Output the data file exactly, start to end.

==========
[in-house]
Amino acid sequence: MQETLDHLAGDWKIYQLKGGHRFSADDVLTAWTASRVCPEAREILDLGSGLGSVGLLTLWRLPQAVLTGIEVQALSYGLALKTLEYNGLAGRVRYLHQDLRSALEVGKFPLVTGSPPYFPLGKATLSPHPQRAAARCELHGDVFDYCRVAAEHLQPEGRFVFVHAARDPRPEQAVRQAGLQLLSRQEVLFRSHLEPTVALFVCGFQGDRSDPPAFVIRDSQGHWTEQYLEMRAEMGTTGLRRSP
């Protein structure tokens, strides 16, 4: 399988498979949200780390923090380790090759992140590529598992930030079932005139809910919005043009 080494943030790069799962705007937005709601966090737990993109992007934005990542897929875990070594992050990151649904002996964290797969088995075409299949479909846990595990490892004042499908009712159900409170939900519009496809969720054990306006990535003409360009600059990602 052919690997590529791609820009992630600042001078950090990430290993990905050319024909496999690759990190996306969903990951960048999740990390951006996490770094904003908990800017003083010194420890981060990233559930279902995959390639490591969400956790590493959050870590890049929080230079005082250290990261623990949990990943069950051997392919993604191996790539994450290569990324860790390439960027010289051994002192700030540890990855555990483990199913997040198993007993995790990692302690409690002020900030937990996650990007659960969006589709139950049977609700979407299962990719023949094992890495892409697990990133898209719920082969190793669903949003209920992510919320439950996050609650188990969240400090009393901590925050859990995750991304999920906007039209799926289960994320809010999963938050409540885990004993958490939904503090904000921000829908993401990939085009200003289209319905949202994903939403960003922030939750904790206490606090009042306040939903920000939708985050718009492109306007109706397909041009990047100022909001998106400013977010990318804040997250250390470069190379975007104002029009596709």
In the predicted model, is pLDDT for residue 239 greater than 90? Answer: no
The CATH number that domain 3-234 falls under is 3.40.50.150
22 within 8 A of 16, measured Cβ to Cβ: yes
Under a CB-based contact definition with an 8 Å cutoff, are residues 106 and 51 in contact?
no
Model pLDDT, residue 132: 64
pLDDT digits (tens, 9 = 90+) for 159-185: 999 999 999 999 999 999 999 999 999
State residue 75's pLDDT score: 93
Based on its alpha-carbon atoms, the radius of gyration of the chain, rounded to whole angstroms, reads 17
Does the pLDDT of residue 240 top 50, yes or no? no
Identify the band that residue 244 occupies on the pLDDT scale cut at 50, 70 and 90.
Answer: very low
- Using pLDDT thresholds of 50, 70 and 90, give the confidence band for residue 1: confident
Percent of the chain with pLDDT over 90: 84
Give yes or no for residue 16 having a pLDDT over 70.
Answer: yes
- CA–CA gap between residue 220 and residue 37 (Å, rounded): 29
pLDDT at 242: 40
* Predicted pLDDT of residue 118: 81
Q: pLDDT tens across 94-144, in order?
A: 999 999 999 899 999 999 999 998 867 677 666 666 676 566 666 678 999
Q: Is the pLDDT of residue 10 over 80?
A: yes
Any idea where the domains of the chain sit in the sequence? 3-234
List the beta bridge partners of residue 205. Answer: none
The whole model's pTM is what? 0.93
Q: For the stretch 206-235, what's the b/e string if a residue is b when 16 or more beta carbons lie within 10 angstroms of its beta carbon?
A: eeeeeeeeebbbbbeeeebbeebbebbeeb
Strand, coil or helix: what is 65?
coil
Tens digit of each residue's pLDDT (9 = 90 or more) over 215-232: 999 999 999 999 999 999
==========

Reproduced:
[in-house]
Amino acid sequence: MQETLDHLAGDWKIYQLKGGHRFSADDVLTAWTASRVCPEAREILDLGSGLGSVGLLTLWRLPQAVLTGIEVQALSYGLALKTLEYNGLAGRVRYLHQDLRSALEVGKFPLVTGSPPYFPLGKATLSPHPQRAAARCELHGDVFDYCRVAAEHLQPEGRFVFVHAARDPRPEQAVRQAGLQLLSRQEVLFRSHLEPTVALFVCGFQGDRSDPPAFVIRDSQGHWTEQYLEMRAEMGTTGLRRSP
């Protein structure tokens, strides 16, 4: 399988498979949200780390923090380790090759992140590529598992930030079932005139809910919005043009 080494943030790069799962705007937005709601966090737990993109992007934005990542897929875990070594992050990151649904002996964290797969088995075409299949479909846990595990490892004042499908009712159900409170939900519009496809969720054990306006990535003409360009600059990602 052919690997590529791609820009992630600042001078950090990430290993990905050319024909496999690759990190996306969903990951960048999740990390951006996490770094904003908990800017003083010194420890981060990233559930279902995959390639490591969400956790590493959050870590890049929080230079005082250290990261623990949990990943069950051997392919993604191996790539994450290569990324860790390439960027010289051994002192700030540890990855555990483990199913997040198993007993995790990692302690409690002020900030937990996650990007659960969006589709139950049977609700979407299962990719023949094992890495892409697990990133898209719920082969190793669903949003209920992510919320439950996050609650188990969240400090009393901590925050859990995750991304999920906007039209799926289960994320809010999963938050409540885990004993958490939904503090904000921000829908993401990939085009200003289209319905949202994903939403960003922030939750904790206490606090009042306040939903920000939708985050718009492109306007109706397909041009990047100022909001998106400013977010990318804040997250250390470069190379975007104002029009596709």
In the predicted model, is pLDDT for residue 239 greater than 90? Answer: no
The CATH number that domain 3-234 falls under is 3.40.50.150
22 within 8 A of 16, measured Cβ to Cβ: yes
Under a CB-based contact definition with an 8 Å cutoff, are residues 106 and 51 in contact?
no
Model pLDDT, residue 132: 64
pLDDT digits (tens, 9 = 90+) for 159-185: 999 999 999 999 999 999 999 999 999
State residue 75's pLDDT score: 93
Based on its alpha-carbon atoms, the radius of gyration of the chain, rounded to whole angstroms, reads 17
Does the pLDDT of residue 240 top 50, yes or no? no
Identify the band that residue 244 occupies on the pLDDT scale cut at 50, 70 and 90.
Answer: very low
- Using pLDDT thresholds of 50, 70 and 90, give the confidence band for residue 1: confident
Percent of the chain with pLDDT over 90: 84
Give yes or no for residue 16 having a pLDDT over 70.
Answer: yes
- CA–CA gap between residue 220 and residue 37 (Å, rounded): 29
pLDDT at 242: 40
* Predicted pLDDT of residue 118: 81
Q: pLDDT tens across 94-144, in order?
A: 999 999 999 899 999 999 999 998 867 677 666 666 676 566 666 678 999
Q: Is the pLDDT of residue 10 over 80?
A: yes
Any idea where the domains of the chain sit in the sequence? 3-234
List the beta bridge partners of residue 205. Answer: none
The whole model's pTM is what? 0.93
Q: For the stretch 206-235, what's the b/e string if a residue is b when 16 or more beta carbons lie within 10 angstroms of its beta carbon?
A: eeeeeeeeebbbbbeeeebbeebbebbeeb
Strand, coil or helix: what is 65?
coil
Tens digit of each residue's pLDDT (9 = 90 or more) over 215-232: 999 999 999 999 999 999